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The eastern theater around Königgrätz in Bohemia and the Silesian border.

  • Prussians under General Schwerin, at Schweidnitz, Silesia.
  • Prussians under General Winterfeldt, at Landeshut, Silesia.
  • Austrians under General Serbelloni, at Königgrätz.
Map of the eastern theater of operations 1. Winterfeldt marches to Trautenau, Schwerin reaches Eipel.

2. Winterfeldt puts his force under Schwerin’s command at Königinhof. Serbelloni begins to entrench at Königgrätz.

3. Generalfeldmarschall Schwerin defeats Feldmarschall Serbelloni at the Battle of Königgrätz.

4. Serbelloni retreats to Podebrad. Winterfeldt pursues as far west as Kratenau. Schwerin cuts Austrian supply lines south of the Elbe, at Pardubitz.

5. Schwerin advances west, toward Prag, cutting supply lines at Prelouc and Kolin, threatening a move against Serbelloni’s rear at the town of Bömisch Brod. Winterfeldt advances west, offering battle at Podebrad. Serbelloni does not accept battle, withdrawing to Bömisch Brod instead, covering the roads to Prag.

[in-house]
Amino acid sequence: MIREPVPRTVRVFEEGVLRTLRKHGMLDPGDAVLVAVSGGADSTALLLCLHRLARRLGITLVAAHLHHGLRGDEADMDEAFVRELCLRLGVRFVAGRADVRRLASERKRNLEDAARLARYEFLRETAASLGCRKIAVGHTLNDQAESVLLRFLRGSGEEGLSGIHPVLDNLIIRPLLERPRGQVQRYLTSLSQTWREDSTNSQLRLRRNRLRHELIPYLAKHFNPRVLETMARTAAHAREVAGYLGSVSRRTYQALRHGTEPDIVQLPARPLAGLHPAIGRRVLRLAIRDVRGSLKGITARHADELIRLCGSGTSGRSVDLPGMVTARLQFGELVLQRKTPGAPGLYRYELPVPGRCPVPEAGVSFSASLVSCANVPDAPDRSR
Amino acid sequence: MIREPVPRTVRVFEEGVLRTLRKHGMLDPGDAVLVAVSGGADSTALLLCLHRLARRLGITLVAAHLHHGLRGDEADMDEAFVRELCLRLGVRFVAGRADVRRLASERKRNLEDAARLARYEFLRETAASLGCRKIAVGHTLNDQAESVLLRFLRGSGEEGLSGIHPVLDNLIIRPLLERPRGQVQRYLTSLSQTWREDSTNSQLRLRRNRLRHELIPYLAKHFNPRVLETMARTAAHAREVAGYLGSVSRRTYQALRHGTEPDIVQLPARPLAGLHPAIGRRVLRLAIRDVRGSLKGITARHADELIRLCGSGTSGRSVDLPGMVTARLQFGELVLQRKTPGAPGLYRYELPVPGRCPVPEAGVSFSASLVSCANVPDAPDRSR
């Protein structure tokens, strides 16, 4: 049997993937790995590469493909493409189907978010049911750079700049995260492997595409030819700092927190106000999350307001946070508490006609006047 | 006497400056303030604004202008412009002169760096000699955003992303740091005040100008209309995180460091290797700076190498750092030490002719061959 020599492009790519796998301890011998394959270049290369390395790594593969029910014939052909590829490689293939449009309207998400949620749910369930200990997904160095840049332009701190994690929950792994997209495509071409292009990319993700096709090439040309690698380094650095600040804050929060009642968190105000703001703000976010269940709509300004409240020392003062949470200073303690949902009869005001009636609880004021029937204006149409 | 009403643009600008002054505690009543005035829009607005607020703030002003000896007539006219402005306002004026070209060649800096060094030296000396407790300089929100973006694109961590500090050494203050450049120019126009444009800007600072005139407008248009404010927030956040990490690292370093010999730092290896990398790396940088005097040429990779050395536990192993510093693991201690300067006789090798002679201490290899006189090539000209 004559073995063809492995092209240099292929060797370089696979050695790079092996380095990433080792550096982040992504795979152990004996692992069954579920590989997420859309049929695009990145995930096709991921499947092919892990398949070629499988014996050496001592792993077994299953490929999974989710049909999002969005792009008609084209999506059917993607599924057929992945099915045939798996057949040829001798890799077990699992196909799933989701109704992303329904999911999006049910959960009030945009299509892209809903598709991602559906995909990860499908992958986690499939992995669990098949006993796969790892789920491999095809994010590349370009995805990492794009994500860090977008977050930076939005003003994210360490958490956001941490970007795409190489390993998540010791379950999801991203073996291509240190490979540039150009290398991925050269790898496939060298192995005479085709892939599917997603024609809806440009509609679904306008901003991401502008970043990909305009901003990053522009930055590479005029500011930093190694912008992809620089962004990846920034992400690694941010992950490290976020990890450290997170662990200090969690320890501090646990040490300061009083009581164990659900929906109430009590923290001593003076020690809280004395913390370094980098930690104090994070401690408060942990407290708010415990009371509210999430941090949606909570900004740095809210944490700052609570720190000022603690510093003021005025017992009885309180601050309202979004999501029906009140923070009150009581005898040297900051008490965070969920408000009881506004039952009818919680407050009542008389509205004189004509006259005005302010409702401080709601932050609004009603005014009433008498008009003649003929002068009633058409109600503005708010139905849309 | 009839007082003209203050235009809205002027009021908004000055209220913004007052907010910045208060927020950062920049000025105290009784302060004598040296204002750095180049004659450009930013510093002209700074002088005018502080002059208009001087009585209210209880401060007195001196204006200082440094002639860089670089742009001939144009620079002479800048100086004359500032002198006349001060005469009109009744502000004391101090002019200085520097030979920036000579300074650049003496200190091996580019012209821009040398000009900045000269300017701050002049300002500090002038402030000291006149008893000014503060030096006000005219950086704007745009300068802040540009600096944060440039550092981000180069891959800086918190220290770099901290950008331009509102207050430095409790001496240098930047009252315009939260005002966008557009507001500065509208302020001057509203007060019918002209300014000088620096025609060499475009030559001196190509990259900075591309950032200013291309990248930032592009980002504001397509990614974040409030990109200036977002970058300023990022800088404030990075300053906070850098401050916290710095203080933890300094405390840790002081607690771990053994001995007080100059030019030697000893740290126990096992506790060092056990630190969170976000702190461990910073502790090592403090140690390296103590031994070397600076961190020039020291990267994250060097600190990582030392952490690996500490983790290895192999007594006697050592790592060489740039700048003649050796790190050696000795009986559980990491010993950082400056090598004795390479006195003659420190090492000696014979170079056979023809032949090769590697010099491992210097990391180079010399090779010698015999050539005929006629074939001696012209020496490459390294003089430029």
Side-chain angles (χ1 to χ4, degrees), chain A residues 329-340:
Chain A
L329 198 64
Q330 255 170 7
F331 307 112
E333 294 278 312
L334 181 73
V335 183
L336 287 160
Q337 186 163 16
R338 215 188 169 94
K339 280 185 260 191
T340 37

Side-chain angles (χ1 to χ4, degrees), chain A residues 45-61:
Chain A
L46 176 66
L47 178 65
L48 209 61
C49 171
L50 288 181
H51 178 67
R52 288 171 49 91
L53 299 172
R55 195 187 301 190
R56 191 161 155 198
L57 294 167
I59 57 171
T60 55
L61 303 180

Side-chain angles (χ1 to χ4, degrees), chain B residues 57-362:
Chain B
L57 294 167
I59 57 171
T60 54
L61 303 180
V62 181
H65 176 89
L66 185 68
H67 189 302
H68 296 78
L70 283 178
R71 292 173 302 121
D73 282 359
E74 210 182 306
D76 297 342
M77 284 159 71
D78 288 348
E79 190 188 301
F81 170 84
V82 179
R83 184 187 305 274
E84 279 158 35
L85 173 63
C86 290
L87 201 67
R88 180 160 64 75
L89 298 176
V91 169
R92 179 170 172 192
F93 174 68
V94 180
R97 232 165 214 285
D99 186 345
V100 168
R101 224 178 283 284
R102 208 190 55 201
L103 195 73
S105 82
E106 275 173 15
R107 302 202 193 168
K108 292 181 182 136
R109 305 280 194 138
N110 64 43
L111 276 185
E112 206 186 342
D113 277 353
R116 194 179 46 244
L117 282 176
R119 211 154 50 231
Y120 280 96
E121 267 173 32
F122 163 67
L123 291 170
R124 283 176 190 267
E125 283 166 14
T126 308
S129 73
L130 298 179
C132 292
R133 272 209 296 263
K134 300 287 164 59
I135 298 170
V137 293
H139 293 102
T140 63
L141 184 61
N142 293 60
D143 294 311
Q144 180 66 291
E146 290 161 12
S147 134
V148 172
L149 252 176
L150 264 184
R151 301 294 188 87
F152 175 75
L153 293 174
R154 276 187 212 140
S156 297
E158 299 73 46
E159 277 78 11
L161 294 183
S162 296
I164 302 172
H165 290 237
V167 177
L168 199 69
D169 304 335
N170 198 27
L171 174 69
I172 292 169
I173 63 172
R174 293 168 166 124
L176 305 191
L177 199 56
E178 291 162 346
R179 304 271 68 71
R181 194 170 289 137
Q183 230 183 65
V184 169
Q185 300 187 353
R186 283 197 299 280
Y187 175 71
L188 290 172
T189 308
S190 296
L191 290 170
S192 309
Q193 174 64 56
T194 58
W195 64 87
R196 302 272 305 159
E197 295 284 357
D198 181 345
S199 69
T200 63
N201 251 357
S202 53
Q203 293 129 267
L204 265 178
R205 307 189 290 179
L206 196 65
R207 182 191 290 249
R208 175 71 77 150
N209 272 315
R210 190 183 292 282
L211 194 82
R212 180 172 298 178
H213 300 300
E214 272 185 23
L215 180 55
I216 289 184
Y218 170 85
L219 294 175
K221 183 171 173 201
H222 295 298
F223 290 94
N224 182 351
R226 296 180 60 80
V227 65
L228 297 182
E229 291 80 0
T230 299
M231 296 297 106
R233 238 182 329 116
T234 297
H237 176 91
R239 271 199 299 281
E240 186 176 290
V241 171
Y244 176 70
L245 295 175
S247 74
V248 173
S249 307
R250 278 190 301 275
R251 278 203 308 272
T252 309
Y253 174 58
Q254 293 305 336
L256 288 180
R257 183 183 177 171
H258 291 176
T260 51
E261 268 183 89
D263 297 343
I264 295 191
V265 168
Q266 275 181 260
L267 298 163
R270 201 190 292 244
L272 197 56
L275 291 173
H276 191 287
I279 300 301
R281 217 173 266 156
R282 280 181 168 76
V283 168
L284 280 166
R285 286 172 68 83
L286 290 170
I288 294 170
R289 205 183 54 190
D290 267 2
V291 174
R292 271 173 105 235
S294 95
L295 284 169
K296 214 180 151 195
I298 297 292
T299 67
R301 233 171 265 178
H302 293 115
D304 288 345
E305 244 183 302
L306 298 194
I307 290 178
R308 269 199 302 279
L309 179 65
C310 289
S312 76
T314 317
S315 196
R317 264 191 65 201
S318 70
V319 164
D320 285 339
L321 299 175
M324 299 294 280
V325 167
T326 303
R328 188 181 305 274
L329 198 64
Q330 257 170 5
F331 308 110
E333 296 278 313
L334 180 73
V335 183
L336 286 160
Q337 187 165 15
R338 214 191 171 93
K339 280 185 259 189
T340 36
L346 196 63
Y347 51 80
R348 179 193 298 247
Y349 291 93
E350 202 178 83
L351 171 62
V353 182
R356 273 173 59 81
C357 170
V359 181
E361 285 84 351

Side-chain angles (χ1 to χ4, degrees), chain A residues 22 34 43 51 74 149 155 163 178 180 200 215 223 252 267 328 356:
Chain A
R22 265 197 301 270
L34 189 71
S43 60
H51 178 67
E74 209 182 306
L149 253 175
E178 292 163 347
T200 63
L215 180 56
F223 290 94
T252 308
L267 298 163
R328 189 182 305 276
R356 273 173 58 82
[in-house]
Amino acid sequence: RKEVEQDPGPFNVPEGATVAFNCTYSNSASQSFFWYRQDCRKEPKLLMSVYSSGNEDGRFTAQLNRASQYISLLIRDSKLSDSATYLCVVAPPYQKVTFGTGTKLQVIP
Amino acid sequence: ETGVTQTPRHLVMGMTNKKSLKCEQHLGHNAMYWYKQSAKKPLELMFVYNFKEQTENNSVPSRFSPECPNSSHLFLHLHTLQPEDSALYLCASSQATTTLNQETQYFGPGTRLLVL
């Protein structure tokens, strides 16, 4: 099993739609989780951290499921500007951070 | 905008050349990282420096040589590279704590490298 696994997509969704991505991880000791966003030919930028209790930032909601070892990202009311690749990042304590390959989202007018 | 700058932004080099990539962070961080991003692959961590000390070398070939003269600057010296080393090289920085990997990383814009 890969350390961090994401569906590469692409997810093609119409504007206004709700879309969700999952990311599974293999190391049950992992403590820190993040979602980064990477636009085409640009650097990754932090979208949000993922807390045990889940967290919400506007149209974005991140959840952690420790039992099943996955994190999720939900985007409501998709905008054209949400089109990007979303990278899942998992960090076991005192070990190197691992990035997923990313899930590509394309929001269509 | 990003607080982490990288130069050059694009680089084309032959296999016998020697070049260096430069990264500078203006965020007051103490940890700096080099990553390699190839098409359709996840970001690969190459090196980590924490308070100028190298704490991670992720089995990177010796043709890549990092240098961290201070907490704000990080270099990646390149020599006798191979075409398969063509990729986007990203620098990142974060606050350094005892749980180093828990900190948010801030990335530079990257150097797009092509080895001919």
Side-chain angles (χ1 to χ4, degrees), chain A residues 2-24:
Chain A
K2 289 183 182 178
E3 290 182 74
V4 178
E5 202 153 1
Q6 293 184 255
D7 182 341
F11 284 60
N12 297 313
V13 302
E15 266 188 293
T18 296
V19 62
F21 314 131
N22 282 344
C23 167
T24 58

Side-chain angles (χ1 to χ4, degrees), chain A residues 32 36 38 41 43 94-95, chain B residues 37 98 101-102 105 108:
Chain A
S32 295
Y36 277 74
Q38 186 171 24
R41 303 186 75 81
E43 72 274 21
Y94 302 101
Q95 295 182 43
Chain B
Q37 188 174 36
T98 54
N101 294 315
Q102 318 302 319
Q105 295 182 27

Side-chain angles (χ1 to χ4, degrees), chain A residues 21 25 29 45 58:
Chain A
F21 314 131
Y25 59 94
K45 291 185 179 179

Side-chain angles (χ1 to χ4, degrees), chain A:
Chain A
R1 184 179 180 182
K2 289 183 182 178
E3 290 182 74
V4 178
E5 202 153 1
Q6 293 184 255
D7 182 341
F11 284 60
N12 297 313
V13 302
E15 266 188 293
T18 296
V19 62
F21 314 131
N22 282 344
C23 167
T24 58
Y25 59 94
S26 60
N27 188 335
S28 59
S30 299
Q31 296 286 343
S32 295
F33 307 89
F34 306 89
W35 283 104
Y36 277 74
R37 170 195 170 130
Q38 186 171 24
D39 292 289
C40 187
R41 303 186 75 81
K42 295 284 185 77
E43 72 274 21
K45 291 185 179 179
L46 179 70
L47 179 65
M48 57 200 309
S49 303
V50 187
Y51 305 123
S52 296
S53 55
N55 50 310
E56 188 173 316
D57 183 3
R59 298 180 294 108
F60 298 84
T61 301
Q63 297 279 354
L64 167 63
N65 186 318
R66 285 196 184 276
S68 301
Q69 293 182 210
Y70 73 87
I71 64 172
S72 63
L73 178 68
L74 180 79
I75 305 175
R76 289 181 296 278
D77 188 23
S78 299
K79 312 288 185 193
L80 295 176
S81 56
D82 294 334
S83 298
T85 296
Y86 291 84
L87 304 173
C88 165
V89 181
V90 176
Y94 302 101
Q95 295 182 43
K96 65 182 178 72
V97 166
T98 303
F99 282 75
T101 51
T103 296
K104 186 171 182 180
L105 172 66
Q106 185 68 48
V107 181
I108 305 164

6. Serbelloni remains at Bömisch Brod, protecting the eastern approaches to Prague. Winterfeldt destroys the bridge at Podebrad and marches north, against Münchengrätz. By nightfall, he has entered the central theater of operations at the town of Jitschin. Schwerin withdraws to Pardubitz, apparently in an attempt to pull back across the Elbe.

7. General Schwerin crosses to the northern side of the Elbe, destroys the bridge at Pardubitz and reaches Königgrätz by nightfall. Serbelloni’s Austrians continue to hold Bömisch Brod.

8. General Schwerin withdraws his infantry regiment north-east, to Jaromer, and destroys the bridge across the Upper Elbe to protect his rear. Feldmarschall Daun arrives at Königgrätz with a large Austrian force, leaves a garrison at the town and marches west, arriving at Jitschin by nightfall.

9. Daun’s force remains at Jitschin, with cavalry patrols operating in the area around Münchengrätz. Schwerin’s Prussian force marches away from Jaromer, destination unknown.

10. Feldmarschall Daun continues to hold Jitschin, but Austrian cavalry patrols are pushed back by a large force of Prussian cavalry under the command of General Winterfeldt. The Prussians reach Sobotka by nightfall and establish themselves there.

11. Feldmarschall Daun advances on Münchengrätz, pushing Winterfeldt’s cavalry as far west as Niemes and entering the central theater of operations.

12. General Schwerin and the 46th Infanterie-Regiment are reported to have returned to Jaromer. Austrian infantry continues to Garrison Königgrätz. The Prussian envoy in Vienna reports meeting General Serbelloni at the opera on Sunday afternoon. There is a rumour that General Macquire has been given command of Serbelloni’s corps in Bohemia.